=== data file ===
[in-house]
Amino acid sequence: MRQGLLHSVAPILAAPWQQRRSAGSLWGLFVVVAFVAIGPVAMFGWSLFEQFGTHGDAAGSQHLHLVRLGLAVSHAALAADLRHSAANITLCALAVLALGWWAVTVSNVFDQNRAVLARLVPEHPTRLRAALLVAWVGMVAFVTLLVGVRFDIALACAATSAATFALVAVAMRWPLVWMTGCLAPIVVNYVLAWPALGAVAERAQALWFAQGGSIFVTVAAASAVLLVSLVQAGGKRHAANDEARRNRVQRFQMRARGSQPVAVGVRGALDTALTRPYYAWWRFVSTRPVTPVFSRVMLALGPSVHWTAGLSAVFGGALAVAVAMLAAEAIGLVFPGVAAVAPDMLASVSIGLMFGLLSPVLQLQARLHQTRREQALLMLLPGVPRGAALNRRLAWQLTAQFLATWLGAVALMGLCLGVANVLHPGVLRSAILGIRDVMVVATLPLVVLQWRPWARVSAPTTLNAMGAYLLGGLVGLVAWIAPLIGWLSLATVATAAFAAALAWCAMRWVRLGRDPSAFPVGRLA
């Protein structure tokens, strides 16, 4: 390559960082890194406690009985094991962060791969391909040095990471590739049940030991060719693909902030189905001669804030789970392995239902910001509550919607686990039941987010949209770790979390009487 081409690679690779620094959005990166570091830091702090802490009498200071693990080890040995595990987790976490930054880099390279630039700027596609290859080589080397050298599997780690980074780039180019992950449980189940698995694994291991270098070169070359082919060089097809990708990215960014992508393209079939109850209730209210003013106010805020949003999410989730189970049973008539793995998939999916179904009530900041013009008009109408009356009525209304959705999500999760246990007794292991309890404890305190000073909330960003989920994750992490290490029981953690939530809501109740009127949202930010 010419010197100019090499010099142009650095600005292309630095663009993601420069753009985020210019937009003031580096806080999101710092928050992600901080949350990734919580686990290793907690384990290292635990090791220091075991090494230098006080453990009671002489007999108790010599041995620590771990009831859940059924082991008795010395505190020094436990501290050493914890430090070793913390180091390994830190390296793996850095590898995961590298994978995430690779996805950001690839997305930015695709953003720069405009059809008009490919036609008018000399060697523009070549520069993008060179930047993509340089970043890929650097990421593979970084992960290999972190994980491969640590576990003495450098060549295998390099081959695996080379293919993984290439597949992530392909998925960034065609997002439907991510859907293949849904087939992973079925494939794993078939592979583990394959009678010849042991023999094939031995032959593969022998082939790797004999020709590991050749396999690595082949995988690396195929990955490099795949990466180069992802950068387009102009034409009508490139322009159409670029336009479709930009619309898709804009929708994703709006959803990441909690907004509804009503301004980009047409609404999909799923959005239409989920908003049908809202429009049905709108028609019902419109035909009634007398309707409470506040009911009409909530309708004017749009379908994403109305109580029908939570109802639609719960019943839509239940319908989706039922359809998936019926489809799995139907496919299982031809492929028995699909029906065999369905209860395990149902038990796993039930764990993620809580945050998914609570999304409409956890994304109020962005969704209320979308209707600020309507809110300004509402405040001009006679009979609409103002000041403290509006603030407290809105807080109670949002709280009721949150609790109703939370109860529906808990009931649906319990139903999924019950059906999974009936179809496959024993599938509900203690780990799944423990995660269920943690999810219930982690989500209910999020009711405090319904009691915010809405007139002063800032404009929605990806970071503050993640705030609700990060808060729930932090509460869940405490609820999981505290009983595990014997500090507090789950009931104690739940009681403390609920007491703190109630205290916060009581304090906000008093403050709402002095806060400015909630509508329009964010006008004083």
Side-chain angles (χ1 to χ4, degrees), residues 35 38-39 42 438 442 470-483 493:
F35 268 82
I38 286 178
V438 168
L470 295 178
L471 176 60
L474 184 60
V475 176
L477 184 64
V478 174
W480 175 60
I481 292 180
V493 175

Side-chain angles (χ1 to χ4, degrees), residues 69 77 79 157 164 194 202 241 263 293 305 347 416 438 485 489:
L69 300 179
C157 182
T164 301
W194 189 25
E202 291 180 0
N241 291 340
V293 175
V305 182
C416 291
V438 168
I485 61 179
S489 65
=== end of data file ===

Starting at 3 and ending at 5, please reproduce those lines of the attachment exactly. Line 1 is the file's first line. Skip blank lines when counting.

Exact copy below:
């Protein structure tokens, strides 16, 4: 390559960082890194406690009985094991962060791969391909040095990471590739049940030991060719693909902030189905001669804030789970392995239902910001509550919607686990039941987010949209770790979390009487 081409690679690779620094959005990166570091830091702090802490009498200071693990080890040995595990987790976490930054880099390279630039700027596609290859080589080397050298599997780690980074780039180019992950449980189940698995694994291991270098070169070359082919060089097809990708990215960014992508393209079939109850209730209210003013106010805020949003999410989730189970049973008539793995998939999916179904009530900041013009008009109408009356009525209304959705999500999760246990007794292991309890404890305190000073909330960003989920994750992490290490029981953690939530809501109740009127949202930010 010419010197100019090499010099142009650095600005292309630095663009993601420069753009985020210019937009003031580096806080999101710092928050992600901080949350990734919580686990290793907690384990290292635990090791220091075991090494230098006080453990009671002489007999108790010599041995620590771990009831859940059924082991008795010395505190020094436990501290050493914890430090070793913390180091390994830190390296793996850095590898995961590298994978995430690779996805950001690839997305930015695709953003720069405009059809008009490919036609008018000399060697523009070549520069993008060179930047993509340089970043890929650097990421593979970084992960290999972190994980491969640590576990003495450098060549295998390099081959695996080379293919993984290439597949992530392909998925960034065609997002439907991510859907293949849904087939992973079925494939794993078939592979583990394959009678010849042991023999094939031995032959593969022998082939790797004999020709590991050749396999690595082949995988690396195929990955490099795949990466180069992802950068387009102009034409009508490139322009159409670029336009479709930009619309898709804009929708994703709006959803990441909690907004509804009503301004980009047409609404999909799923959005239409989920908003049908809202429009049905709108028609019902419109035909009634007398309707409470506040009911009409909530309708004017749009379908994403109305109580029908939570109802639609719960019943839509239940319908989706039922359809998936019926489809799995139907496919299982031809492929028995699909029906065999369905209860395990149902038990796993039930764990993620809580945050998914609570999304409409956890994304109020962005969704209320979308209707600020309507809110300004509402405040001009006679009979609409103002000041403290509006603030407290809105807080109670949002709280009721949150609790109703939370109860529906808990009931649906319990139903999924019950059906999974009936179809496959024993599938509900203690780990799944423990995660269920943690999810219930982690989500209910999020009711405090319904009691915010809405007139002063800032404009929605990806970071503050993640705030609700990060808060729930932090509460869940405490609820999981505290009983595990014997500090507090789950009931104690739940009681403390609920007491703190109630205290916060009581304090906000008093403050709402002095806060400015909630509508329009964010006008004083």
Side-chain angles (χ1 to χ4, degrees), residues 35 38-39 42 438 442 470-483 493:
F35 268 82